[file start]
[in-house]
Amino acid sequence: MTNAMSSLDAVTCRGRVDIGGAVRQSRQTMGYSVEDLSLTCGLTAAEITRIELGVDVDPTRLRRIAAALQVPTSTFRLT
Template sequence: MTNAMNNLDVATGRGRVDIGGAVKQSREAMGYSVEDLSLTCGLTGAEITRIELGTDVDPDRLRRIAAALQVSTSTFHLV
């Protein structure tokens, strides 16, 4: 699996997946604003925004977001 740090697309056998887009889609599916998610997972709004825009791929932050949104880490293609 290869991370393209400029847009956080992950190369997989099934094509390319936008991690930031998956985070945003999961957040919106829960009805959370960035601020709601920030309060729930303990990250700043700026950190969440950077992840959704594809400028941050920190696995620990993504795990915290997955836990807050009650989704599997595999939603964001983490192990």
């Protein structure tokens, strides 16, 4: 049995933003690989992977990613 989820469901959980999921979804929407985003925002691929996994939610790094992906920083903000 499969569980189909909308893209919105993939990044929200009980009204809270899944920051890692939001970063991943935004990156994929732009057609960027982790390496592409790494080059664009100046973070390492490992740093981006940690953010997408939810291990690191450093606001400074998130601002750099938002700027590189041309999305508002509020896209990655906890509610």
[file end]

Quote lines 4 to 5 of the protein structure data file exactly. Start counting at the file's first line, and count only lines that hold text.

């Protein structure tokens, strides 16, 4: 699996997946604003925004977001 740090697309056998887009889609599916998610997972709004825009791929932050949104880490293609 290869991370393209400029847009956080992950190369997989099934094509390319936008991690930031998956985070945003999961957040919106829960009805959370960035601020709601920030309060729930303990990250700043700026950190969440950077992840959704594809400028941050920190696995620990993504795990915290997955836990807050009650989704599997595999939603964001983490192990």
């Protein structure tokens, strides 16, 4: 049995933003690989992977990613 989820469901959980999921979804929407985003925002691929996994939610790094992906920083903000 499969569980189909909308893209919105993939990044929200009980009204809270899944920051890692939001970063991943935004990156994929732009057609960027982790390496592409790494080059664009100046973070390492490992740093981006940690953010997408939810291990690191450093606001400074998130601002750099938002700027590189041309999305508002509020896209990655906890509610």